The International Monetary Fund’s stance on the Greek bailout is “problematic” and its demands of the cash-strapped country “unreasonable,” Labor Minister Efi Achtsioglou said on Thursday.
Speaking after a visit to the Labor Inspection Corps in Alexandroulpoli, northern Greece, the minister who holds of the country’s stickiest portfolios said the IMF’s demand for the upfront legislation of measures to be passed if Greece fails to hit targets at the end of the bailout program is “economically unreasonable.”
The government’s aim, she said, is to wrap up the pending bailout review as soon as possible so that Greece can join the European Central Bank’s quantitative easing (QE) program and “consolidate the trend of improvement seen in the Greek economy this past year.”
“For our part, we have already implemented nearly 80 percent of the prior actions. Only labor reform is still pending precisely because of this disagreement,” Achtsioglou said.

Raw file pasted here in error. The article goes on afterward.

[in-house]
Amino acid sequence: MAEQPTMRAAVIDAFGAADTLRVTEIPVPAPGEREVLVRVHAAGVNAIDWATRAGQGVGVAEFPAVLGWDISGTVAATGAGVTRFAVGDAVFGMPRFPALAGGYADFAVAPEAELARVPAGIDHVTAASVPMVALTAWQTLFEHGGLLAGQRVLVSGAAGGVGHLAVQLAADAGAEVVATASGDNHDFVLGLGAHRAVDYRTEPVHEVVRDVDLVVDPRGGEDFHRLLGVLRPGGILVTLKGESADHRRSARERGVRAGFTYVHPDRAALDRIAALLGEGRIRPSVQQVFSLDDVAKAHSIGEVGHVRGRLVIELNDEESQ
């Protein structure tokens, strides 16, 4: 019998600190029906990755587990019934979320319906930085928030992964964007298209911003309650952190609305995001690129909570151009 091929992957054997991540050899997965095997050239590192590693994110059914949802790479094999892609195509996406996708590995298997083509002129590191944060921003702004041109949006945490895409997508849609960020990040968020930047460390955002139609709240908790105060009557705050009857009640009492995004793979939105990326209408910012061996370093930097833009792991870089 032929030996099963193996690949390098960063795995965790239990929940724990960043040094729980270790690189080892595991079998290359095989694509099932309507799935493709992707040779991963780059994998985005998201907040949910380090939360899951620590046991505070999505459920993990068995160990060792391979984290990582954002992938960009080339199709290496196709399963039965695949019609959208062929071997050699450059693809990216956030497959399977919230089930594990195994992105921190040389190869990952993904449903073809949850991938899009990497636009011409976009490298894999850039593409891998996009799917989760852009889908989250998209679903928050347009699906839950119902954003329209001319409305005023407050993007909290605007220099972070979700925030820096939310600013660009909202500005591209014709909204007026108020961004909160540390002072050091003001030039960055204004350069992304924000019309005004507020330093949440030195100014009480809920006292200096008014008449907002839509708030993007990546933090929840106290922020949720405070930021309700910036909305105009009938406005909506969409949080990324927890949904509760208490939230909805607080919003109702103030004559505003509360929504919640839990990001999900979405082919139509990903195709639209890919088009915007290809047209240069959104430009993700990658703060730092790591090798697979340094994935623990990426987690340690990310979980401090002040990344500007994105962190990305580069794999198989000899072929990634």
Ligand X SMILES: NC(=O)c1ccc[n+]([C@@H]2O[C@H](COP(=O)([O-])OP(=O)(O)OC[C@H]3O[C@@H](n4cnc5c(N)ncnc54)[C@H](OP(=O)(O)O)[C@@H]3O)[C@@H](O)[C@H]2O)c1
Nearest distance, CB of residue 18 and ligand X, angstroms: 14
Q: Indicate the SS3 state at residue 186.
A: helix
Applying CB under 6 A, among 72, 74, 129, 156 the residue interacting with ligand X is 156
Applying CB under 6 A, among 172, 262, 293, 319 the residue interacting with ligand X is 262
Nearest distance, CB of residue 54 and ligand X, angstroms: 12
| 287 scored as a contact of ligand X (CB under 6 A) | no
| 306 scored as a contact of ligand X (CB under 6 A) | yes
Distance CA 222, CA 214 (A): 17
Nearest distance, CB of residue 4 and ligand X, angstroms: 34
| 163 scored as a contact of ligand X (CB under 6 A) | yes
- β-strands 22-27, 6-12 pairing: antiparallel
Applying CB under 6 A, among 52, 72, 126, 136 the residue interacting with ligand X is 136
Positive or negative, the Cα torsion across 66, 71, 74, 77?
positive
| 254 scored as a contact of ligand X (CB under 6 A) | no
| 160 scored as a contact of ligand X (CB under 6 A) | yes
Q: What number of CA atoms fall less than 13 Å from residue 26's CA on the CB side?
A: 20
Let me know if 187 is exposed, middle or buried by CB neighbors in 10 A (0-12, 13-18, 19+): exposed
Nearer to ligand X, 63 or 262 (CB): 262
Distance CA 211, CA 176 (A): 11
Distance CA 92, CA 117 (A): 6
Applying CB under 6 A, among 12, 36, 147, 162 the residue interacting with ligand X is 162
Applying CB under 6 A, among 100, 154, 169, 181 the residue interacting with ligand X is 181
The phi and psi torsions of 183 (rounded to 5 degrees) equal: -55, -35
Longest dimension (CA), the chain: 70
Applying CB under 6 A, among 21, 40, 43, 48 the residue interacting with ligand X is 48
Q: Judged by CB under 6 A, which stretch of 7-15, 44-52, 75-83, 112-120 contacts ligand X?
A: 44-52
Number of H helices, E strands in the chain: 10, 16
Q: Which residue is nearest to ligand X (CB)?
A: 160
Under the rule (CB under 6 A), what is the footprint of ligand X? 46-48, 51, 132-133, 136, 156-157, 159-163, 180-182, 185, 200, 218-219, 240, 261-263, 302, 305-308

Her priority, she said, “is to put a brake on the autocratic practices of employers, which have intensified recently, mainly as a result of the disintegration of the institutional framework of labor relations in the 2010-2014 period.”
The minister reiterated the government’s aim to reintroduce collective labor bargaining – something the country’s creditors are staunchly opposed to – arguing that this would “provide workers with a safety net and create the conditions for healthy competition between businesses.”
She said that collective contracts are an effective way of curbing illegal practices and would ultimately benefit the social security system by ensuring an inflow of resources to cash-strapped funds and “creating a sense of normality in the economy.”